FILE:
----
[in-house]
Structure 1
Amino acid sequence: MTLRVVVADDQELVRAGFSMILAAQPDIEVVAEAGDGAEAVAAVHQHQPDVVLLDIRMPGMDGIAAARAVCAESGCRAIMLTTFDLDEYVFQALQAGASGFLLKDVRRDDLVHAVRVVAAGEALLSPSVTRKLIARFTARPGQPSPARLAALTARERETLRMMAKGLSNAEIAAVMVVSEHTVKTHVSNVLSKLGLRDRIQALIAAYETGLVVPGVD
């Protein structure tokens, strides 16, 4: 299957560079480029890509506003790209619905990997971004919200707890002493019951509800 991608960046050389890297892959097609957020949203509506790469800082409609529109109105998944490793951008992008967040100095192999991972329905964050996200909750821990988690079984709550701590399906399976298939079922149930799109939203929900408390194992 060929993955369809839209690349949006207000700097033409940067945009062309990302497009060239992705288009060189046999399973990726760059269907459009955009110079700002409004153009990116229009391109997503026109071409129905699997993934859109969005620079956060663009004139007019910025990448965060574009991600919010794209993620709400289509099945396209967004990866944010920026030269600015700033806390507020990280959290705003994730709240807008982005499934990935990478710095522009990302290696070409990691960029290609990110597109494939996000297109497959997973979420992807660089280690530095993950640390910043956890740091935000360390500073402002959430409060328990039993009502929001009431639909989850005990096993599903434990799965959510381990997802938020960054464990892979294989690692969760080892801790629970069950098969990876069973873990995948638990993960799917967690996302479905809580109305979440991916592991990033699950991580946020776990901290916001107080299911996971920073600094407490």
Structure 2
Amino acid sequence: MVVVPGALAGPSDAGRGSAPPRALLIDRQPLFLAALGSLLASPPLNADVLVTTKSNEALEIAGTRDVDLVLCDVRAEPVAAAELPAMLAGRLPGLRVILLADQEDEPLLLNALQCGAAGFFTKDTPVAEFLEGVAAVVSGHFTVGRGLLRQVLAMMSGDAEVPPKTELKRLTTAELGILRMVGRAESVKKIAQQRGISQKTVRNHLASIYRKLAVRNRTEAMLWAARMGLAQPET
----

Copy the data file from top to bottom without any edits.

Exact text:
[in-house]
Structure 1
Amino acid sequence: MTLRVVVADDQELVRAGFSMILAAQPDIEVVAEAGDGAEAVAAVHQHQPDVVLLDIRMPGMDGIAAARAVCAESGCRAIMLTTFDLDEYVFQALQAGASGFLLKDVRRDDLVHAVRVVAAGEALLSPSVTRKLIARFTARPGQPSPARLAALTARERETLRMMAKGLSNAEIAAVMVVSEHTVKTHVSNVLSKLGLRDRIQALIAAYETGLVVPGVD
């Protein structure tokens, strides 16, 4: 299957560079480029890509506003790209619905990997971004919200707890002493019951509800 991608960046050389890297892959097609957020949203509506790469800082409609529109109105998944490793951008992008967040100095192999991972329905964050996200909750821990988690079984709550701590399906399976298939079922149930799109939203929900408390194992 060929993955369809839209690349949006207000700097033409940067945009062309990302497009060239992705288009060189046999399973990726760059269907459009955009110079700002409004153009990116229009391109997503026109071409129905699997993934859109969005620079956060663009004139007019910025990448965060574009991600919010794209993620709400289509099945396209967004990866944010920026030269600015700033806390507020990280959290705003994730709240807008982005499934990935990478710095522009990302290696070409990691960029290609990110597109494939996000297109497959997973979420992807660089280690530095993950640390910043956890740091935000360390500073402002959430409060328990039993009502929001009431639909989850005990096993599903434990799965959510381990997802938020960054464990892979294989690692969760080892801790629970069950098969990876069973873990995948638990993960799917967690996302479905809580109305979440991916592991990033699950991580946020776990901290916001107080299911996971920073600094407490």
Structure 2
Amino acid sequence: MVVVPGALAGPSDAGRGSAPPRALLIDRQPLFLAALGSLLASPPLNADVLVTTKSNEALEIAGTRDVDLVLCDVRAEPVAAAELPAMLAGRLPGLRVILLADQEDEPLLLNALQCGAAGFFTKDTPVAEFLEGVAAVVSGHFTVGRGLLRQVLAMMSGDAEVPPKTELKRLTTAELGILRMVGRAESVKKIAQQRGISQKTVRNHLASIYRKLAVRNRTEAMLWAARMGLAQPET